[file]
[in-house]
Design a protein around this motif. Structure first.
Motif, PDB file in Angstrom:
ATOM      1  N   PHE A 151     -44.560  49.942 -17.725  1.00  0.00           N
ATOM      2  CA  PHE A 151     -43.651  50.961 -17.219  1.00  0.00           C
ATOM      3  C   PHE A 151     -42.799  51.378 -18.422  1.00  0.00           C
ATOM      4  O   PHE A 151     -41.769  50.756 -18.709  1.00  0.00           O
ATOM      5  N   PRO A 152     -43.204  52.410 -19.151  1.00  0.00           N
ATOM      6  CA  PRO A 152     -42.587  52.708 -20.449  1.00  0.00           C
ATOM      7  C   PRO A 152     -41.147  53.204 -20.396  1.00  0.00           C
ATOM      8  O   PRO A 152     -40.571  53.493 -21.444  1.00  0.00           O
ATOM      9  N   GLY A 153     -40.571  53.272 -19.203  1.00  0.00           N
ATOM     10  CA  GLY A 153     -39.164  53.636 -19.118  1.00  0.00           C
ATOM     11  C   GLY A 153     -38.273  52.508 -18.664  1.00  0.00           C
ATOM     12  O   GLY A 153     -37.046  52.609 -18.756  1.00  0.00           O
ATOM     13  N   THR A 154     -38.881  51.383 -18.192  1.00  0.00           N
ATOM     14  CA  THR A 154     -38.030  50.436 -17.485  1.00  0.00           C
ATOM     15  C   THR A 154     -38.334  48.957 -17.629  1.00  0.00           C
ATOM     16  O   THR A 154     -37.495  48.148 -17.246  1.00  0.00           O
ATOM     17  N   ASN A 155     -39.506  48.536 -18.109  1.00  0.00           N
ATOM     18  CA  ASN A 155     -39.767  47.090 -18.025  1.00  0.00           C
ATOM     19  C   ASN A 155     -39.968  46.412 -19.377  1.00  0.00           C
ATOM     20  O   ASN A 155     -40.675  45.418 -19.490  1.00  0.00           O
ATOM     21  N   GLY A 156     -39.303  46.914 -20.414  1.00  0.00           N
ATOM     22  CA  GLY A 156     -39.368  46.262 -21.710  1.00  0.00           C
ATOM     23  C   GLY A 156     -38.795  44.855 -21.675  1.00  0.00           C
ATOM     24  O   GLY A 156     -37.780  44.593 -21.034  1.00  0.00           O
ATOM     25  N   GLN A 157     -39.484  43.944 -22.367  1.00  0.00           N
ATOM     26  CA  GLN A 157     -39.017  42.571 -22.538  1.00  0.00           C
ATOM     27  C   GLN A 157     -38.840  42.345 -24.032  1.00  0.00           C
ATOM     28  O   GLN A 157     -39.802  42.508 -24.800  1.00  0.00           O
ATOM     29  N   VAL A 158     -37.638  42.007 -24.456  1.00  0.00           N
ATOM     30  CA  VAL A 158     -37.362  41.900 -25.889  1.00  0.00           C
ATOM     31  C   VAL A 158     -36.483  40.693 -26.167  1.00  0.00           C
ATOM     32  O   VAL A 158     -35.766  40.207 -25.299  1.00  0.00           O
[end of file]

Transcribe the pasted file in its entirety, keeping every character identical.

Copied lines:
[in-house]
Design a protein around this motif. Structure first.
Motif, PDB file in Angstrom:
ATOM      1  N   PHE A 151     -44.560  49.942 -17.725  1.00  0.00           N
ATOM      2  CA  PHE A 151     -43.651  50.961 -17.219  1.00  0.00           C
ATOM      3  C   PHE A 151     -42.799  51.378 -18.422  1.00  0.00           C
ATOM      4  O   PHE A 151     -41.769  50.756 -18.709  1.00  0.00           O
ATOM      5  N   PRO A 152     -43.204  52.410 -19.151  1.00  0.00           N
ATOM      6  CA  PRO A 152     -42.587  52.708 -20.449  1.00  0.00           C
ATOM      7  C   PRO A 152     -41.147  53.204 -20.396  1.00  0.00           C
ATOM      8  O   PRO A 152     -40.571  53.493 -21.444  1.00  0.00           O
ATOM      9  N   GLY A 153     -40.571  53.272 -19.203  1.00  0.00           N
ATOM     10  CA  GLY A 153     -39.164  53.636 -19.118  1.00  0.00           C
ATOM     11  C   GLY A 153     -38.273  52.508 -18.664  1.00  0.00           C
ATOM     12  O   GLY A 153     -37.046  52.609 -18.756  1.00  0.00           O
ATOM     13  N   THR A 154     -38.881  51.383 -18.192  1.00  0.00           N
ATOM     14  CA  THR A 154     -38.030  50.436 -17.485  1.00  0.00           C
ATOM     15  C   THR A 154     -38.334  48.957 -17.629  1.00  0.00           C
ATOM     16  O   THR A 154     -37.495  48.148 -17.246  1.00  0.00           O
ATOM     17  N   ASN A 155     -39.506  48.536 -18.109  1.00  0.00           N
ATOM     18  CA  ASN A 155     -39.767  47.090 -18.025  1.00  0.00           C
ATOM     19  C   ASN A 155     -39.968  46.412 -19.377  1.00  0.00           C
ATOM     20  O   ASN A 155     -40.675  45.418 -19.490  1.00  0.00           O
ATOM     21  N   GLY A 156     -39.303  46.914 -20.414  1.00  0.00           N
ATOM     22  CA  GLY A 156     -39.368  46.262 -21.710  1.00  0.00           C
ATOM     23  C   GLY A 156     -38.795  44.855 -21.675  1.00  0.00           C
ATOM     24  O   GLY A 156     -37.780  44.593 -21.034  1.00  0.00           O
ATOM     25  N   GLN A 157     -39.484  43.944 -22.367  1.00  0.00           N
ATOM     26  CA  GLN A 157     -39.017  42.571 -22.538  1.00  0.00           C
ATOM     27  C   GLN A 157     -38.840  42.345 -24.032  1.00  0.00           C
ATOM     28  O   GLN A 157     -39.802  42.508 -24.800  1.00  0.00           O
ATOM     29  N   VAL A 158     -37.638  42.007 -24.456  1.00  0.00           N
ATOM     30  CA  VAL A 158     -37.362  41.900 -25.889  1.00  0.00           C
ATOM     31  C   VAL A 158     -36.483  40.693 -26.167  1.00  0.00           C
ATOM     32  O   VAL A 158     -35.766  40.207 -25.299  1.00  0.00           O